The Business Case for Quantum Computing
Quantum computers may deliver an economic advantage to business, even on tasks that classical computers can perform.
Imagine that a pharmaceutical company was able to cut the research time for innovative drugs by an order of magnitude. It could expand its development pipeline, hit fewer dead ends, and bring cures and treatments to market much faster, to the benefit of millions of people around the world.
Or imagine that a logistics company could dynamically manage the routes for its fleet of thousands of trucks. It could not only take a mind-numbing range of variables into account and adjust quickly as opportunities or constraints arose; it could also get fresher products to store shelves faster and prevent tons of carbon emissions every year.
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Quantum computing has the potential to transform these and many more visions into reality — which is why technology companies, private investors, and governments are investing billions of dollars in supporting ecosystems of quantum startups.1 Much of the quantum research community is focused on showing quantum advantage, which means that a quantum computer can perform a calculation, no matter how arbitrary, that is impossible on a classical, or binary, computer. (See “A Quantum Glossary.”) Running a calculation thousands of times faster could create enormous economic value if the calculation itself is useful to some stakeholder in the market.
1. C. Metinko, “Quantum Technology Gains Momentum as Computing Gets Closer to Reality,” Crunchbase, May 13, 2022, http://news.crunchbase.com; “What America’s Largest Technology Firms Are Investing In,” The Economist, Jan. 22, 2022, www.economist.com; and M. Aboy, T. Minssen, and M. Kop, “Mapping the Patent Landscape of Quantum Technologies: Patenting Trends, Innovation, and Policy Implications,” International Review of Intellectual Property and Competition Law 53, no. 10 (November 2022): 853-882.
2. F. Arute, K. Arya, R. Babbush, et al., “Quantum Supremacy Using a Programmable Superconducting Processor,” Nature 574, no. 7779 (Oct. 24, 2019): 505-510.
3. L.S. Madsen, F. Laudenbach, M.F. Askarani, et al., “Quantum Computational Advantage With a Programmable Photonic Processor,” Nature 606, no. 7912 (June 2, 2022): 75-81.
4. A.K. Fedorov, N. Gisin, S.M. Beloussov, et al., “Quantum Computing at the Quantum Advantage Threshold: A Down-to-Business Review” (preprint, submitted in March 2022), https://arxiv.org; L. Mueck, C. Palacios-Berraquero, and D.M. Persaud, “Towards a Quantum Advantage,” Physics World, Feb. 5, 2020, https://physicsworld.com; and S. Chen, “Quantum Advantage Showdowns Have No Clear Winners,” Wired, July 11, 2022, www.wired.com.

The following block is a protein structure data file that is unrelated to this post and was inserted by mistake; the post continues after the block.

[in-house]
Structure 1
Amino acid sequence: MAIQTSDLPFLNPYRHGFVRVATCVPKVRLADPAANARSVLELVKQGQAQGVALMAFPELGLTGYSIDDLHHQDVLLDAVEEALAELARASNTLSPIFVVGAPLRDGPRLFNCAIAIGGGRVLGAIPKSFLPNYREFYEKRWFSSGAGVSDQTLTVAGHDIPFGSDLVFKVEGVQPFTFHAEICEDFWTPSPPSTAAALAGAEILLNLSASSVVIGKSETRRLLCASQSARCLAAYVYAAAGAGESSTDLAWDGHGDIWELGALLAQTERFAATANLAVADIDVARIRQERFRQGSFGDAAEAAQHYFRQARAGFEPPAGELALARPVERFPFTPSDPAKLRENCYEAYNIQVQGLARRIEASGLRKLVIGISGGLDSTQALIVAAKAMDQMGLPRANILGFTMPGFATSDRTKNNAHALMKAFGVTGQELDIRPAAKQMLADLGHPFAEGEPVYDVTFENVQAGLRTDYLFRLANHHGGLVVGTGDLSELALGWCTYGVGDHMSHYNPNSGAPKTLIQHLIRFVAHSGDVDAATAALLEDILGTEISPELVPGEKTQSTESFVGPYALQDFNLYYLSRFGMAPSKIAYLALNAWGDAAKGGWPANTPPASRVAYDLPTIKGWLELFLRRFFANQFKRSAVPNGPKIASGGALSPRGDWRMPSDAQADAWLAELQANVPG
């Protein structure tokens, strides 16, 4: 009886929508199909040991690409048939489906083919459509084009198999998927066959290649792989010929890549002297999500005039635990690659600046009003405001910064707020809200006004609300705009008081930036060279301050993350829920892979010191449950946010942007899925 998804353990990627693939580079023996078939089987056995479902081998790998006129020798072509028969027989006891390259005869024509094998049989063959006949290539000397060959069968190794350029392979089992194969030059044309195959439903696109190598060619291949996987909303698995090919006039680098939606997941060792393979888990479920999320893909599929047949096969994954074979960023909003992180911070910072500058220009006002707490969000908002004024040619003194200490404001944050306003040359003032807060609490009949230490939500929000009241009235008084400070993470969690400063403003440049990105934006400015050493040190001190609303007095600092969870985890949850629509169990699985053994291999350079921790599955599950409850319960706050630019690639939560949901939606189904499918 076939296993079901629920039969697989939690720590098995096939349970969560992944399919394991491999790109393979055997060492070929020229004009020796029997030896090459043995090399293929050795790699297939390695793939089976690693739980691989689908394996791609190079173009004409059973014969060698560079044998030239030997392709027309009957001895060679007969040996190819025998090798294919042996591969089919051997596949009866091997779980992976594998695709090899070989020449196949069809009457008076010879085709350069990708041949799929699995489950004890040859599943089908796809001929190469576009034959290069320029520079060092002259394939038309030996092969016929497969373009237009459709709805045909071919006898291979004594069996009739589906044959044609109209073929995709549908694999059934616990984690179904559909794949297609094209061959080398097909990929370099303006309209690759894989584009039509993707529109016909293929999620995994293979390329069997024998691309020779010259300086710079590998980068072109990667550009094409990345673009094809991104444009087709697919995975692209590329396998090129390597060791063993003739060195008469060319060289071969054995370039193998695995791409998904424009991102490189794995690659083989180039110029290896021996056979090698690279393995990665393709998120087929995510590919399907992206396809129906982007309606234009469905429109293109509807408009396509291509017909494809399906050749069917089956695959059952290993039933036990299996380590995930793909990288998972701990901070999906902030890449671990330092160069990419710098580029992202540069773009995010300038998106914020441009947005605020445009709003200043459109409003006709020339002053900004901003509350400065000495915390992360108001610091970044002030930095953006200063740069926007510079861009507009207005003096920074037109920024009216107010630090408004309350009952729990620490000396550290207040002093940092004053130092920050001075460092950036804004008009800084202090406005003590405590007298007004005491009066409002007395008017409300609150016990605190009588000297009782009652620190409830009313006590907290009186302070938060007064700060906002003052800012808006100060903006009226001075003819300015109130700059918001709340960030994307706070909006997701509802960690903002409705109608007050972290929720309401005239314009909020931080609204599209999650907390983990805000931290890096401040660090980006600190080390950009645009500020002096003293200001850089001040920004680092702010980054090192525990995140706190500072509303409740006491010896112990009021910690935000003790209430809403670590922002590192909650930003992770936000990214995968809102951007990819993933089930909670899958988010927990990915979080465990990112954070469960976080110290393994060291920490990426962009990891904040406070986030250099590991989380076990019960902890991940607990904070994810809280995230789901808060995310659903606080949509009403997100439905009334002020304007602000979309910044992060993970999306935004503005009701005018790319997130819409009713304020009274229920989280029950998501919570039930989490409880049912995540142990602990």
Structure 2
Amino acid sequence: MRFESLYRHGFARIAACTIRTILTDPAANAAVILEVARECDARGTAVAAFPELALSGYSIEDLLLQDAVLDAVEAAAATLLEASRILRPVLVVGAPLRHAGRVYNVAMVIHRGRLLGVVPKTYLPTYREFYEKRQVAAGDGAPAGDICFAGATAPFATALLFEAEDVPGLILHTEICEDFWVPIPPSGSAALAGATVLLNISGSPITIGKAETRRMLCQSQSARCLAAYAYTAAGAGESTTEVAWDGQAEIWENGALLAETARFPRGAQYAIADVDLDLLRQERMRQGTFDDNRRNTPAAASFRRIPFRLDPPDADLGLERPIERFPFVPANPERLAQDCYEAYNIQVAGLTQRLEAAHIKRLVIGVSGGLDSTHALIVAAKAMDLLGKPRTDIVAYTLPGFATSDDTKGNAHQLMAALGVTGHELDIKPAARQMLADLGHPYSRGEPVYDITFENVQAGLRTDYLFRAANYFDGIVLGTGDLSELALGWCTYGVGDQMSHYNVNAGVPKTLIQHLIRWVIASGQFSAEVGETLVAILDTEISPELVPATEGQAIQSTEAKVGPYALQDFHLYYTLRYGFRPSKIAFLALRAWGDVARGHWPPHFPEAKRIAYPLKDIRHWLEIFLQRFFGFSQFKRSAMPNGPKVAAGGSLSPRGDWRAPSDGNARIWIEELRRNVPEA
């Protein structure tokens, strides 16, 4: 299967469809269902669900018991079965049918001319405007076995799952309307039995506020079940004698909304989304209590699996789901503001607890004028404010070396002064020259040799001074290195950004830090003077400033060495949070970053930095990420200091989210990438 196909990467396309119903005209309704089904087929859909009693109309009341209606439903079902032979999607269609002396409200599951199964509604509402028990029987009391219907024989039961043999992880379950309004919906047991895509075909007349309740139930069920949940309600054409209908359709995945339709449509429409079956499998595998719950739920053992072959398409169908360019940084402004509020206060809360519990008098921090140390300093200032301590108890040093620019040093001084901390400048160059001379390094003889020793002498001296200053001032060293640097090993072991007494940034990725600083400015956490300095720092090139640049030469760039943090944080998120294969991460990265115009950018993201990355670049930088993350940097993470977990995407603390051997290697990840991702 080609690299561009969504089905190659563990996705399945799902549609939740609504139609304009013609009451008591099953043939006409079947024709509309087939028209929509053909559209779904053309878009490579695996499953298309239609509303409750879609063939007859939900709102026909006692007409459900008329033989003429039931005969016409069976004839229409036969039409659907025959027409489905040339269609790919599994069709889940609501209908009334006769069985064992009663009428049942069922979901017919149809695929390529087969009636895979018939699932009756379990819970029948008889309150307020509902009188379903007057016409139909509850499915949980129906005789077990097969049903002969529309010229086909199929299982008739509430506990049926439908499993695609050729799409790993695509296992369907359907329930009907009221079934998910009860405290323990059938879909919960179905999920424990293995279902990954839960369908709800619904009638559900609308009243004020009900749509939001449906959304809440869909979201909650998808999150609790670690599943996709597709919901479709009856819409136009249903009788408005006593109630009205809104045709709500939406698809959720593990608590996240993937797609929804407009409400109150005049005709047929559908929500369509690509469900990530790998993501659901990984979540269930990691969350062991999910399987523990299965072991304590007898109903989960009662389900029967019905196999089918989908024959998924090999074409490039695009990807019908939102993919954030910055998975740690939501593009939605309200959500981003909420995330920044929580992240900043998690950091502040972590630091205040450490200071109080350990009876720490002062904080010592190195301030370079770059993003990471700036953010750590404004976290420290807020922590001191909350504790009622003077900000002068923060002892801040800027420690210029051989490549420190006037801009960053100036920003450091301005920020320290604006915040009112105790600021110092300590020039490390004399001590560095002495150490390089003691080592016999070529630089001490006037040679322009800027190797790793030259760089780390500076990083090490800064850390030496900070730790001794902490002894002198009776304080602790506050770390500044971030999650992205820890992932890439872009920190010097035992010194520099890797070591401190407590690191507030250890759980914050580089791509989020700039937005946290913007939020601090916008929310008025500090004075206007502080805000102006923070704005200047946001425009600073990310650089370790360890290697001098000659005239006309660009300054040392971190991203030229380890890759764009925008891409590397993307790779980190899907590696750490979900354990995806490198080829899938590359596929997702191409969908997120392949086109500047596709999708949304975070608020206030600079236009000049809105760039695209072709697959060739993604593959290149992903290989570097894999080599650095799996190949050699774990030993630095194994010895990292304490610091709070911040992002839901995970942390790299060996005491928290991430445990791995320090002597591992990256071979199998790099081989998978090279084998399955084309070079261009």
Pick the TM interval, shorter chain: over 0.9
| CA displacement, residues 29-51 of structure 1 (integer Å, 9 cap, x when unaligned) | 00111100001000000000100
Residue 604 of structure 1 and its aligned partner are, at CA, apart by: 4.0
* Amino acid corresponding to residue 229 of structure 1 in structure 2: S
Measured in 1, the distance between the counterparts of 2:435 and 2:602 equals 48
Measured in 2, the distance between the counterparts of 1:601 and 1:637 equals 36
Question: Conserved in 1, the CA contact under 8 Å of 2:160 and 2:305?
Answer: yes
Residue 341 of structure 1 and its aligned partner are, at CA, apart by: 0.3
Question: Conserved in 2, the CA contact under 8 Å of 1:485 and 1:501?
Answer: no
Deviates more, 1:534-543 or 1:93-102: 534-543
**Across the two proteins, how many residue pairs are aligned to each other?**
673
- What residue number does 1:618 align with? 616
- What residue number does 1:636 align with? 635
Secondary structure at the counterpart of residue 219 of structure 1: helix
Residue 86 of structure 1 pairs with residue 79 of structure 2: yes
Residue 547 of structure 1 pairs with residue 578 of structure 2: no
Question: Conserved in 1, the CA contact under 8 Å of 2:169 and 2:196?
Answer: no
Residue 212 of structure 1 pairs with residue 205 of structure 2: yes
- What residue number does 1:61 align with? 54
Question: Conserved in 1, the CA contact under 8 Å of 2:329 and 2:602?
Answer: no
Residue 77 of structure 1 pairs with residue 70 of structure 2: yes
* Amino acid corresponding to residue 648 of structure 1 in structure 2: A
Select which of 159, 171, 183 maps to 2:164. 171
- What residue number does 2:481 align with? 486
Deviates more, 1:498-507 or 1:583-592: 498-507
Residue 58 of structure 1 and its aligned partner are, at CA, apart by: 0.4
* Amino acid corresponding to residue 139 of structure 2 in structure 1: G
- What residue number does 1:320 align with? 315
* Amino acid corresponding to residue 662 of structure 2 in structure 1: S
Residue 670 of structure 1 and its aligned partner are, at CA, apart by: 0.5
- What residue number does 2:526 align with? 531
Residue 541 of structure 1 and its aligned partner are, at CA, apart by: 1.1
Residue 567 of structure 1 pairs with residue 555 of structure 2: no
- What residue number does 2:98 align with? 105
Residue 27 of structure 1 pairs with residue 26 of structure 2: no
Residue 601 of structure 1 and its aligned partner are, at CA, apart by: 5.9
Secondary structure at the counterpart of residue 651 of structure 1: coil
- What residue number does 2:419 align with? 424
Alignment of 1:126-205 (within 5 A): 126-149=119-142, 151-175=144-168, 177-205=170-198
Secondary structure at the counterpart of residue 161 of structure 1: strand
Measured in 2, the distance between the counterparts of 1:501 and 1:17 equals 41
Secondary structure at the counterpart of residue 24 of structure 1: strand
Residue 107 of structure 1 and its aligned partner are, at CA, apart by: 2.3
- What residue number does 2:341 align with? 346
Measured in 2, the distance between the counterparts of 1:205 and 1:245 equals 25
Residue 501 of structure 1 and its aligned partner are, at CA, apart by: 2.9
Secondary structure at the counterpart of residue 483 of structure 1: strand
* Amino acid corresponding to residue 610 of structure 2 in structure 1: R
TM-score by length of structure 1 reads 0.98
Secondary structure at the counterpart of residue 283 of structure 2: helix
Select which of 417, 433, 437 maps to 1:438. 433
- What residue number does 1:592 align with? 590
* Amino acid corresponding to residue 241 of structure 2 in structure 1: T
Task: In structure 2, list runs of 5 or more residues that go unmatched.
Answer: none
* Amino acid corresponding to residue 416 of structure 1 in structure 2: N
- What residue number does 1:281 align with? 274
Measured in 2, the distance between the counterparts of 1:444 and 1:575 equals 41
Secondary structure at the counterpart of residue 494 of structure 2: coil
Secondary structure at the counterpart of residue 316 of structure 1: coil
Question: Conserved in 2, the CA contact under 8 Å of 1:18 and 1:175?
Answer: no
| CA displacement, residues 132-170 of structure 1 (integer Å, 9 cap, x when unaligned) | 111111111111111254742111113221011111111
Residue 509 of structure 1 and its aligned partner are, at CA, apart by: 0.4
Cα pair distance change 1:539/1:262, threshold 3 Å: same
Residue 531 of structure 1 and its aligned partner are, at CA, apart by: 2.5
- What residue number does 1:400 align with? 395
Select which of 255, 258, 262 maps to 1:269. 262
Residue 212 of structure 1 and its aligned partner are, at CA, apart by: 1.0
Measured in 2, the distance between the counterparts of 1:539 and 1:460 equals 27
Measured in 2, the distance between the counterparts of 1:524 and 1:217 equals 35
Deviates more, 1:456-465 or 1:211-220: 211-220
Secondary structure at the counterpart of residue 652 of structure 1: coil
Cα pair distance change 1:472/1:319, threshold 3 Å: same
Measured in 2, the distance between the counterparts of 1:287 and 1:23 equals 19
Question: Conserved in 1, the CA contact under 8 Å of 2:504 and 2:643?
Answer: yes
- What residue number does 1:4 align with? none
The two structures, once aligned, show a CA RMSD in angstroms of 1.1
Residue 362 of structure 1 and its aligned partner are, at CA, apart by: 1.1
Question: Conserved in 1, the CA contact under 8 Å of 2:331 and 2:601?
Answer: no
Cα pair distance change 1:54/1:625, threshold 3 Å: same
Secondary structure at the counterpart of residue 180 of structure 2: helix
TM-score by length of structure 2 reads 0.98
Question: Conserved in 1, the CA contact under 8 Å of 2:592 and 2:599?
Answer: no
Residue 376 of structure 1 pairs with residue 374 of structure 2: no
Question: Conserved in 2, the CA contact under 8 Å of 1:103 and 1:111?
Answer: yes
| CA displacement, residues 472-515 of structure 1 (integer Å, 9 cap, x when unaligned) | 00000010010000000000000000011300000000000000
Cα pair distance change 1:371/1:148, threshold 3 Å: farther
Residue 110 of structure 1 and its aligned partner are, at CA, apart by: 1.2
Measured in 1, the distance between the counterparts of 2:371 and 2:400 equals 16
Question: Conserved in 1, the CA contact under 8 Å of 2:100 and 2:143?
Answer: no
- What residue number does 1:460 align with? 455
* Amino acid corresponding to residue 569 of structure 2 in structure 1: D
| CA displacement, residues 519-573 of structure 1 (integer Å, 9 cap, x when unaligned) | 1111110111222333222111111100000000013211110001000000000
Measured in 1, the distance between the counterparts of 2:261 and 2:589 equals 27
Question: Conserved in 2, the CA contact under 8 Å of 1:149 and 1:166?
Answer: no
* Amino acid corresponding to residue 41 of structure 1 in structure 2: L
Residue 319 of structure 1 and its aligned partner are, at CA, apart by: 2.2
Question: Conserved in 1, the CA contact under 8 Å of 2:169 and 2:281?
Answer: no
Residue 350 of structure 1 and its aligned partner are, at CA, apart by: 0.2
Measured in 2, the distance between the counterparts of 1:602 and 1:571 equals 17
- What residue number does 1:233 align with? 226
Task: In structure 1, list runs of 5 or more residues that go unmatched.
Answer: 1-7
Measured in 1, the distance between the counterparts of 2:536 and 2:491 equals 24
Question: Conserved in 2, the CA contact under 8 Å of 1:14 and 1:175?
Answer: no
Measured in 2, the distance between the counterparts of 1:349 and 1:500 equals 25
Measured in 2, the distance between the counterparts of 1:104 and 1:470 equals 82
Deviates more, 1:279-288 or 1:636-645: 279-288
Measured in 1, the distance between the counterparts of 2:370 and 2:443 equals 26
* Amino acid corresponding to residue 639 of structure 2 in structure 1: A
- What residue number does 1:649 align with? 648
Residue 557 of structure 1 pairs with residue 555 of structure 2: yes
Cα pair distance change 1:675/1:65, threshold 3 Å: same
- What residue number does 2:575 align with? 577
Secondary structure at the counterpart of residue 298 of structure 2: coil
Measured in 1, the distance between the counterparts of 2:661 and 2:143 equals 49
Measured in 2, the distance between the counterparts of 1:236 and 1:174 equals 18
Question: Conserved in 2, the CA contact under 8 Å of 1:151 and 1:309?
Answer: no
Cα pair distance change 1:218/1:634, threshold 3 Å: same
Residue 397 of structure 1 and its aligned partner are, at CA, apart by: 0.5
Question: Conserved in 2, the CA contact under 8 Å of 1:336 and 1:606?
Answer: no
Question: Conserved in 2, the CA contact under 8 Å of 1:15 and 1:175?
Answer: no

5. F. Bova, A. Goldfarb, and R.G. Melko, “Quantum Economic Advantage,” Management Science, Articles in Advance, published online Dec. 2, 2022.
6. “Near term” in this context refers to the quantum computers of the next few years, which will be better than today’s but still not fully fault tolerant.
7. “Value of Assets Under Management Worldwide in Selected Years From 2003 to 2021,” Statista, July 8, 2022, www.statista.com.
8. “Wall Street’s Latest Shiny New Thing: Quantum Computing,” The Economist, Dec. 19, 2020, www.economist.com.
9. S. Mugel, C. Kuchkovsky, E. Sanchez, et al., “Dynamic Portfolio Optimization With Real Datasets Using Quantum Processors and Quantum-Inspired Tensor Networks,” Physical Review Research 4, no. 1 (January 2022): 1-12.
10. L.K. Grover, “A Fast Quantum Mechanical Algorithm for Database Search,” in “STOC ’96: Proceedings of the Twenty-Eighth Annual ACM Symposium on Theory of Computing” (Philadelphia: Association for Computing Machinery, 1996).
11. F. Bova, A. Goldfarb, and R.G. Melko, “Commercial Applications of Quantum Computing,” EPJ Quantum Technology 8 (2021): 1-13.
12. S.N. Genin, I.G. Ryabinkin, N.R. Paisley, et al., “Estimating Phosphorescent Emission Energies in Ir(III) Complexes Using Large-Scale Quantum Computing Simulations” (preprint, submitted in November 2021), https://arxiv.org. Since atoms and electrons themselves are quantum objects, they are natural candidates for study by quantum computers. In fact, such “simulation” (or emulation) was the first value proposition made for a quantum computer by California Institute of Technology physicist Richard Feynman in 1982.
13. S. Lee, J. Lee, H. Zhai, et al., “Is There Evidence for Exponential Quantum Advantage in Quantum Chemistry?” (preprint, submitted in August 2022), https://arxiv.org.
14. P.W. Shor, “Algorithms for Quantum Computation: Discrete Logarithms and Factoring,” in “Proceedings 35th Annual Symposium on Foundations of Computer Science” (Santa Fe, New Mexico: IEEE, 1994).
15. R. Van Meter and D. Horsman, “A Blueprint for Building a Quantum Computer,” Communications of the ACM 56, no. 10 (October 2013): 84-93.
16. It should be noted that quantum computers are not the only quantum technology that can produce true random numbers.
17. J. Melia, “The Odds Are in Quantum Security’s Favor,” QuintessenceLabs, March 2, 2017, www.quintessencelabs.com; and “Rigged Random Number Generators,” QuintessenceLabs, May 27, 2016, www.quintessencelabs.com.
i. Bova, Goldfarb, and Melko, “Commercial Applications of Quantum Computing.”
ii. D. Layden, G. Mazzola, R.V. Mishmash, et al., “Quantum-Enhanced Markov Chain Monte Carlo” (preprint, submitted in March 2022), https://arxiv.org; and S. Chakrabarti, J. Krishnakumar, G. Mazzola, et al., “A Threshold for Quantum Advantage in Derivative Pricing” (preprint, submitted in December 2020), https://arxiv.org.